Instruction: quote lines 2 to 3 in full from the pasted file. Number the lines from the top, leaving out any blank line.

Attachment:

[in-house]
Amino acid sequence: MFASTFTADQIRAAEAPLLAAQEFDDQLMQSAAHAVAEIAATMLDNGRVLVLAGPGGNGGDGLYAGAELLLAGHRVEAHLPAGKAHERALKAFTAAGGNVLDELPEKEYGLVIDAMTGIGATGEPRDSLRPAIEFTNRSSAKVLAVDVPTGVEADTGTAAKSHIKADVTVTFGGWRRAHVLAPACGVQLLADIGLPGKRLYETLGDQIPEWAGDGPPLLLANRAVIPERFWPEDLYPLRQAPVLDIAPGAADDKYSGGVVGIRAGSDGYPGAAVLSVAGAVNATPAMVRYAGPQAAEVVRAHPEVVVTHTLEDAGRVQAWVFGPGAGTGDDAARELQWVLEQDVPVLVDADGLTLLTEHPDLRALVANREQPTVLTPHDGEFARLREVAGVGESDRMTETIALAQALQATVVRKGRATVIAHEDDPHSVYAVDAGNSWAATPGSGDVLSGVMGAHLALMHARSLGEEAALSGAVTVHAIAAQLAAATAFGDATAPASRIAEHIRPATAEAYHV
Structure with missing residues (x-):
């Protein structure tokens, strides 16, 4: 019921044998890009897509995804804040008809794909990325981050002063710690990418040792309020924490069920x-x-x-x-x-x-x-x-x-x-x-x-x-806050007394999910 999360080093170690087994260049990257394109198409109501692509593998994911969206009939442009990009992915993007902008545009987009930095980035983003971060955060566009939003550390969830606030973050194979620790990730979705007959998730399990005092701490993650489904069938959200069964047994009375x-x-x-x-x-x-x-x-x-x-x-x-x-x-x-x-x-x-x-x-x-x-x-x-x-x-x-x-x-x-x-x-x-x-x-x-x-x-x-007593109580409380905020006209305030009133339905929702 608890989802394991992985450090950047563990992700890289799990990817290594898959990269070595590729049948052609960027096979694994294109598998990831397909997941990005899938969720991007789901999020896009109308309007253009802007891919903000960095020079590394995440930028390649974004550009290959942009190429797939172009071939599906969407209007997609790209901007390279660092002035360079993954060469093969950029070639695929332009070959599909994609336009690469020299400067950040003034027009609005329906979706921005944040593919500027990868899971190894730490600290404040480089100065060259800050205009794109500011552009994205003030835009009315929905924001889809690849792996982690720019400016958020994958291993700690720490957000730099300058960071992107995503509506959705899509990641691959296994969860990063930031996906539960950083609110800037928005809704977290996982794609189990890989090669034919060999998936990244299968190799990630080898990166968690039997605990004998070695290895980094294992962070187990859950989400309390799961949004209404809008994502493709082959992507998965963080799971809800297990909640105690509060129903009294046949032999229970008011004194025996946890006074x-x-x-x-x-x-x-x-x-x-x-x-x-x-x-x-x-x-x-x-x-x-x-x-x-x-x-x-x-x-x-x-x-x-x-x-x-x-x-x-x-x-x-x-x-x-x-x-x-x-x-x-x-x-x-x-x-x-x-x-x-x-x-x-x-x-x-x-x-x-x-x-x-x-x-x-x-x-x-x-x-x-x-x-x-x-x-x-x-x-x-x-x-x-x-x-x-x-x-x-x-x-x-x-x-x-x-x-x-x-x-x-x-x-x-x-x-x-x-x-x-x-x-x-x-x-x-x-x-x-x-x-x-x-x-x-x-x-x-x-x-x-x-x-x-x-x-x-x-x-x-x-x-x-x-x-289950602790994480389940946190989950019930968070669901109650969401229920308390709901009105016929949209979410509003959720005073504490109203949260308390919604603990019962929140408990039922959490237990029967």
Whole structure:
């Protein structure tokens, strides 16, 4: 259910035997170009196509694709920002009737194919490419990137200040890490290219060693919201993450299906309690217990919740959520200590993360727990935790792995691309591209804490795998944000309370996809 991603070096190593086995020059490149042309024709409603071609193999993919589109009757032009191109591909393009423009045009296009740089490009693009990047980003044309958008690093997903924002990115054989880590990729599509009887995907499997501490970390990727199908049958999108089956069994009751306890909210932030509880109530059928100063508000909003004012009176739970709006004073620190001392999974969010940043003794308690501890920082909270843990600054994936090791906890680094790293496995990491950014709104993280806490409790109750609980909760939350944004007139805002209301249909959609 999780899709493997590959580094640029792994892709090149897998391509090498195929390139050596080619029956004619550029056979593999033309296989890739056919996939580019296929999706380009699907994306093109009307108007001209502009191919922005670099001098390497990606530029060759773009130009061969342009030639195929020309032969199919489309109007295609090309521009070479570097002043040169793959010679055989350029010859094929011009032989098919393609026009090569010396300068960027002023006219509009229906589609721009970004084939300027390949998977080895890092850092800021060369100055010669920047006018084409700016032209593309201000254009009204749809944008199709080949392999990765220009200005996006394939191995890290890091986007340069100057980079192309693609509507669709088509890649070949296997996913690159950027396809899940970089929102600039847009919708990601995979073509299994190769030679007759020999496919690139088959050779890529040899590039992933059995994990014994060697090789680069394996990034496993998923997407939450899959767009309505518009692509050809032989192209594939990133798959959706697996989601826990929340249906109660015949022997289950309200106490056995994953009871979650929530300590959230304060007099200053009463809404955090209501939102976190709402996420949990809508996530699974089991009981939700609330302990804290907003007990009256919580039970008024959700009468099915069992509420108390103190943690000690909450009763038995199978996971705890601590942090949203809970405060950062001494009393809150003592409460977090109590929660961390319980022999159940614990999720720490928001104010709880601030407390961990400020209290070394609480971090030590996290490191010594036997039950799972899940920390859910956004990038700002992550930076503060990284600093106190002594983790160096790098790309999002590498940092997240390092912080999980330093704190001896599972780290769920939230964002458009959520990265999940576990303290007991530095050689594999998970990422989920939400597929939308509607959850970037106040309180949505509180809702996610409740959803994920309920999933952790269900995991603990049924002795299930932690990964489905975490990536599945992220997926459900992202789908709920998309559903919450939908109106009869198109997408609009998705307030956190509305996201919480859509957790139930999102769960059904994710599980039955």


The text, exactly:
Amino acid sequence: MFASTFTADQIRAAEAPLLAAQEFDDQLMQSAAHAVAEIAATMLDNGRVLVLAGPGGNGGDGLYAGAELLLAGHRVEAHLPAGKAHERALKAFTAAGGNVLDELPEKEYGLVIDAMTGIGATGEPRDSLRPAIEFTNRSSAKVLAVDVPTGVEADTGTAAKSHIKADVTVTFGGWRRAHVLAPACGVQLLADIGLPGKRLYETLGDQIPEWAGDGPPLLLANRAVIPERFWPEDLYPLRQAPVLDIAPGAADDKYSGGVVGIRAGSDGYPGAAVLSVAGAVNATPAMVRYAGPQAAEVVRAHPEVVVTHTLEDAGRVQAWVFGPGAGTGDDAARELQWVLEQDVPVLVDADGLTLLTEHPDLRALVANREQPTVLTPHDGEFARLREVAGVGESDRMTETIALAQALQATVVRKGRATVIAHEDDPHSVYAVDAGNSWAATPGSGDVLSGVMGAHLALMHARSLGEEAALSGAVTVHAIAAQLAAATAFGDATAPASRIAEHIRPATAEAYHV
Structure with missing residues (x-):